Privilege prevails over staff expert records: defendants to gain forensic advantage
Breast Screen Queensland was last week protected by a Supreme Court ruling from disclosing internal communications pertaining to the negligent diagnosis claim of a Cairns patient who underwent screening in 2007 and 2009.
She alleges the defendant was negligent in its advice that lumps in her right breast were dense breast tissue and that as a consequence she has developed terminal breast cancer.
Last week’s ruling concerned whether notes of a conference held between Breast Screen’s solicitors and an employee medical specialist were for the purpose of obtaining instructions and providing legal advice and thus protected by legal professional privilege.
In finding that privilege did indeed apply and deciding the defendant could keep the notes to itself, the court gave a timely summary of the subtle distinctions between what must be disclosed and what need not be:-
- If an expert’s report is obtained for the purposes of pre-litigation procedures contemplated by Part one of Chapter 2 of PIPA, s 20(3) operates to override any privilege that might otherwise attach to that report: Watkins *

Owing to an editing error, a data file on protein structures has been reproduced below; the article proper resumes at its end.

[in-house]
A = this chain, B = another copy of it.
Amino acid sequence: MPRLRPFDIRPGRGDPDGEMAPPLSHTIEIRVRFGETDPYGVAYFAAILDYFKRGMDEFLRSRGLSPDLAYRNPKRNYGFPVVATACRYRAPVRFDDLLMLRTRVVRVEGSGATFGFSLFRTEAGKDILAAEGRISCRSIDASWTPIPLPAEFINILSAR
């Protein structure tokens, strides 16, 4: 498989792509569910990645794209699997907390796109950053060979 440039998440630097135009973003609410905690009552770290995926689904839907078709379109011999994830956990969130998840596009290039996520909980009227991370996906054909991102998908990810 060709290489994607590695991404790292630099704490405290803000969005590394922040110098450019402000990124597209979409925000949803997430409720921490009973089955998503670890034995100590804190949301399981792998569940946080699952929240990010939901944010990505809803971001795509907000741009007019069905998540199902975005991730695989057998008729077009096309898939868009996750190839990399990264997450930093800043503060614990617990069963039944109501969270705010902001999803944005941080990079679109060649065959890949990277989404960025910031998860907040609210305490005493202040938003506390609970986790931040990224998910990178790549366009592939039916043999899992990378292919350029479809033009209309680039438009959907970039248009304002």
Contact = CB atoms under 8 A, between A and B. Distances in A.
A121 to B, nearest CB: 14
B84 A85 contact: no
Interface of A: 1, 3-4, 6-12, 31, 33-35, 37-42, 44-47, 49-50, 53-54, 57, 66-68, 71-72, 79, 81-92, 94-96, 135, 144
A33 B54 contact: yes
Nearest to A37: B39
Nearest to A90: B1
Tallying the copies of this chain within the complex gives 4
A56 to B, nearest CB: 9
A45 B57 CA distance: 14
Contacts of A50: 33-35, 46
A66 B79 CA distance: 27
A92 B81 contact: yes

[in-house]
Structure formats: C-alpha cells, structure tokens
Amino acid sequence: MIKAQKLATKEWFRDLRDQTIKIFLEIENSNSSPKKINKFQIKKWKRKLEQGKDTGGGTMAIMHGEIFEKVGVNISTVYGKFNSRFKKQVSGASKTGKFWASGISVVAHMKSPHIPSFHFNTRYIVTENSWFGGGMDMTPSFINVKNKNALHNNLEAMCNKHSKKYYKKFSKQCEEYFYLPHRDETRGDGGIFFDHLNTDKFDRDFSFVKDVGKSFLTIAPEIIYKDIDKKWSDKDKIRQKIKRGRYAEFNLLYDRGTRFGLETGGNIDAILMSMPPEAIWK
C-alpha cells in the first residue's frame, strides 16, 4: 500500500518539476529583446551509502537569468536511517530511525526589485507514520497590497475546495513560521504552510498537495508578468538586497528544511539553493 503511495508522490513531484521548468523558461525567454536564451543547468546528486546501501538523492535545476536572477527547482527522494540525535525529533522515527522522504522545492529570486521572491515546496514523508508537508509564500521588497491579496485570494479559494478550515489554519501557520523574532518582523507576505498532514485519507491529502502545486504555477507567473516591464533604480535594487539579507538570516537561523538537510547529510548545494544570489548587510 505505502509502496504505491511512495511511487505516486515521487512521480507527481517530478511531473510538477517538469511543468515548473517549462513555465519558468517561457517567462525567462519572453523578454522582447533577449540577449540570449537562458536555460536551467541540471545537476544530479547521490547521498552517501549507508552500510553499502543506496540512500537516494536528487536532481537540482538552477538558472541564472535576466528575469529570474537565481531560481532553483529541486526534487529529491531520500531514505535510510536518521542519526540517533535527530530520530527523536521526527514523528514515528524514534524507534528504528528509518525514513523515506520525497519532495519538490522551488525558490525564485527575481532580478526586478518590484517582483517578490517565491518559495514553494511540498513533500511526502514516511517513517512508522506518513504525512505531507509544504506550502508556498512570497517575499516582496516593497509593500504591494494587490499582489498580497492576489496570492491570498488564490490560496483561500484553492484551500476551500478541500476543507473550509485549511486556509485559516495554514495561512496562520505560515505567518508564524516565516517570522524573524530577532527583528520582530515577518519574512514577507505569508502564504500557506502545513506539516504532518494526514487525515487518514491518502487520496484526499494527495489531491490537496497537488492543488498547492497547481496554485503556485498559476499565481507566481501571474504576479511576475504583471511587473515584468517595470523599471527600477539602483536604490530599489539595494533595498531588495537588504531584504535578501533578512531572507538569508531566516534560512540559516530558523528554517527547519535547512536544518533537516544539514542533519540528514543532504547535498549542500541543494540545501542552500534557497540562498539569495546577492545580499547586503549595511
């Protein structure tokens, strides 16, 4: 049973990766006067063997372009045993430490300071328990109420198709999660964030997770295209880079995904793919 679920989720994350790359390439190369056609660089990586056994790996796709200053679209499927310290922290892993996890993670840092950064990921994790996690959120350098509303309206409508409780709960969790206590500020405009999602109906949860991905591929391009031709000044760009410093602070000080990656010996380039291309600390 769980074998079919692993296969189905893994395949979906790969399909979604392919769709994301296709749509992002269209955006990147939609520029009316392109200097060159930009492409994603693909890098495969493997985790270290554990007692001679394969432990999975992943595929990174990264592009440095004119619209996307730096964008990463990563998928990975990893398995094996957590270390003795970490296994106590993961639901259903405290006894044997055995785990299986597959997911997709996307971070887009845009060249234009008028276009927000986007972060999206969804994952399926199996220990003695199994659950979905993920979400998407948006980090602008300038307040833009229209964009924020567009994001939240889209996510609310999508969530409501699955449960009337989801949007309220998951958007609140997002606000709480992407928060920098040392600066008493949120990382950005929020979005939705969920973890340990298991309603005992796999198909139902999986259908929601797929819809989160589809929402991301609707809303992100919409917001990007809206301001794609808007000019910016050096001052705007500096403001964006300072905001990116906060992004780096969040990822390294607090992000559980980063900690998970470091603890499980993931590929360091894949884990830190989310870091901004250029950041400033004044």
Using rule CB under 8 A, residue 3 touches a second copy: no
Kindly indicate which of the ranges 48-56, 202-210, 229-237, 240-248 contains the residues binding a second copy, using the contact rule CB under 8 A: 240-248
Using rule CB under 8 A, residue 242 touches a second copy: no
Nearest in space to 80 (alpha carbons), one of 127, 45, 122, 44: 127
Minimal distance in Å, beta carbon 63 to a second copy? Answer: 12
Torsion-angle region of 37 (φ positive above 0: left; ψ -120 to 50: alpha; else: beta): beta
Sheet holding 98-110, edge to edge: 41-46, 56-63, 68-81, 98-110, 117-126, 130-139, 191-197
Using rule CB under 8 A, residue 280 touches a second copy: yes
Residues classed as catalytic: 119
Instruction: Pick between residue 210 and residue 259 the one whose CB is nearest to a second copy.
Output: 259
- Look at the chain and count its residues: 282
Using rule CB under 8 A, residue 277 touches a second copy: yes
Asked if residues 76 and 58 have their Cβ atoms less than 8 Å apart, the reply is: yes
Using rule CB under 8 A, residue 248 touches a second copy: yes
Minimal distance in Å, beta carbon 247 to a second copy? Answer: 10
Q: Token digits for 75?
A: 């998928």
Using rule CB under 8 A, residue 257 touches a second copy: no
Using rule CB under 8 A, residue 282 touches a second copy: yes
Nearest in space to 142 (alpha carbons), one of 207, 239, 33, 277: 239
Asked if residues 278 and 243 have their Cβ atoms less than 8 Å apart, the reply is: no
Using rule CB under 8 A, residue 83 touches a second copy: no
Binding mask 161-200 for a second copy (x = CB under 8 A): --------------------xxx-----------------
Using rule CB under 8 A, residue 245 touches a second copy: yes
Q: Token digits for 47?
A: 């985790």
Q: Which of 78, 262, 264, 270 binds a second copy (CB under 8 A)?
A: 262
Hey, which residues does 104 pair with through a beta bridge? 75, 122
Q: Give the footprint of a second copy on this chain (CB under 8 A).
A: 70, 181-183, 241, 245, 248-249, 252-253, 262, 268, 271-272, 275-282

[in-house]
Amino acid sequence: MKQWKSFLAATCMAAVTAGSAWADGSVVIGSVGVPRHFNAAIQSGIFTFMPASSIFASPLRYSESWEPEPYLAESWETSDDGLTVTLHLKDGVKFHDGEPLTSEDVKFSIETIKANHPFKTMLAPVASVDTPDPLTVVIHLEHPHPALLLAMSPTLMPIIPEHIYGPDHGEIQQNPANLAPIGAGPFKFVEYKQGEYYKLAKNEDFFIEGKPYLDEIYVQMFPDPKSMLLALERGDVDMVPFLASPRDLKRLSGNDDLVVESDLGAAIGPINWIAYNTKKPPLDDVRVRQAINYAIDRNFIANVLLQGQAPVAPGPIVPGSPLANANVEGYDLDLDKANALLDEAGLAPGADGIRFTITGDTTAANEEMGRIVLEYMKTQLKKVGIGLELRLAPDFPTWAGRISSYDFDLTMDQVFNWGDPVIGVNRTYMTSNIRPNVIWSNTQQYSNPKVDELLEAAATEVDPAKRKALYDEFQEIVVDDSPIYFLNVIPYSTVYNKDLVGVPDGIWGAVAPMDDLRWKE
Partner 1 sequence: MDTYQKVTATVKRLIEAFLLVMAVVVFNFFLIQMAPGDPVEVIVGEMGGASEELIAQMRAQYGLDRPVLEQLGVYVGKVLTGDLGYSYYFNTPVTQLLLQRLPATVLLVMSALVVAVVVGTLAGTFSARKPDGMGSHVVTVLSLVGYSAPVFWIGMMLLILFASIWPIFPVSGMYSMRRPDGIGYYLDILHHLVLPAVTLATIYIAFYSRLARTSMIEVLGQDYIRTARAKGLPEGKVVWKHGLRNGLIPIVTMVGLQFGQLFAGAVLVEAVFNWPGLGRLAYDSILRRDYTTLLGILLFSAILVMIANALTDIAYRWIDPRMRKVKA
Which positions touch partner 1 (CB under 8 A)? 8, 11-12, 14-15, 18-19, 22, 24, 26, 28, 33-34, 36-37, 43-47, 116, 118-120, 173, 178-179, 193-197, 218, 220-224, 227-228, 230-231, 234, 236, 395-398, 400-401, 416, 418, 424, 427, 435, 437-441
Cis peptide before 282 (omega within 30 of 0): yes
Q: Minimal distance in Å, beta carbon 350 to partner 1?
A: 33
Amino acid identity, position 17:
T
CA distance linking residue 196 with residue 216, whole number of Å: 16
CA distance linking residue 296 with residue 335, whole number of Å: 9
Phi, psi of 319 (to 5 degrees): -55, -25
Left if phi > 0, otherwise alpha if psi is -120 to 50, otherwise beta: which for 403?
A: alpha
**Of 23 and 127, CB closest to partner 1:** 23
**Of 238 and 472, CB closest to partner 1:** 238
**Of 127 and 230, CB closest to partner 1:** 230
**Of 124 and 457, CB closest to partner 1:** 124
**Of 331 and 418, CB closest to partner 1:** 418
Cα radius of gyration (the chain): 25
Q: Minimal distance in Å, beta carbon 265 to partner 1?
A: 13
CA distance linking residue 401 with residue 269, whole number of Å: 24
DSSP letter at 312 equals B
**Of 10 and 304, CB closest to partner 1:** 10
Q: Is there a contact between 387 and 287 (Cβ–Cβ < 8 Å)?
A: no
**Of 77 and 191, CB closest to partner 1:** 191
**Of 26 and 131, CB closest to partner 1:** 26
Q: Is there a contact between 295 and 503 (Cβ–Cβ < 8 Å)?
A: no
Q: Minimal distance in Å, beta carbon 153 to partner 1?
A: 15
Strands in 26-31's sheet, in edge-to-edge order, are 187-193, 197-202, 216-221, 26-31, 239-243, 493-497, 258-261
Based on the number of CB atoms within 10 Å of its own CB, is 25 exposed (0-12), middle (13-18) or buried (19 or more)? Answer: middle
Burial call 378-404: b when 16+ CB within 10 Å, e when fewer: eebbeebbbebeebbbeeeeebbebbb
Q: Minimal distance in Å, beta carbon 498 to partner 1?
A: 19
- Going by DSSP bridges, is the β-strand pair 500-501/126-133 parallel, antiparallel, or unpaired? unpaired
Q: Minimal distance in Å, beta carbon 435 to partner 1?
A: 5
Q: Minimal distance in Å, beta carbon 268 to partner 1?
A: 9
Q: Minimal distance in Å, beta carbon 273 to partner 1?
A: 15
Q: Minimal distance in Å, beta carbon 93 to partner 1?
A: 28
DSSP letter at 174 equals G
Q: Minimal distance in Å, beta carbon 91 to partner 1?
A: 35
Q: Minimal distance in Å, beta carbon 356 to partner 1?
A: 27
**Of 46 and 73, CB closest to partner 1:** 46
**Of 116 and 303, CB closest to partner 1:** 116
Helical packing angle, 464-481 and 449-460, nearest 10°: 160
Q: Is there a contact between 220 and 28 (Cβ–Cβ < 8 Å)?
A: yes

- Any communications associated with the commissioning and provision of that report are likewise not subject to privilege:Watkins
- In instances 1 & 2 it is not open for a defendant to claim that the report or note was bought into existence for the dominant purpose of litigation and to that extent s 30 does not cancel the effect of s 20(3).
- File notes recording information about the circumstances of the incident the subject of a claim are disclosable if they constitute a report about the incident alleged to have given rise to the personal injury: section 27(1).
- A file note that was brought into existence for reasons other than compliance with s 20 or s 27 and prepared for the purpose of obtaining or giving legal advice – such as a one in the instant case – is properly the subject of legal professional privilege and s 30 applies to immunize it against disclosure.
In the instant case, the specialist with whom the meeting was held was not intended to be called as a witness, another specialist had provided a medico-legal report that had been disclosed and the defendant’s s20(3) obligations had already been met a month earlier.
These factors were enough for the court to slot the meeting into category 5: the conference was for the purpose of obtaining legal advice and section 30 protects notes arising from it from disclosure.
Although not accorded any weight in the court’s reasoning, the fact that the particular expert was an in-house employee is obviously material. One wonders if this outcome will therefore only be of benefit to defendants.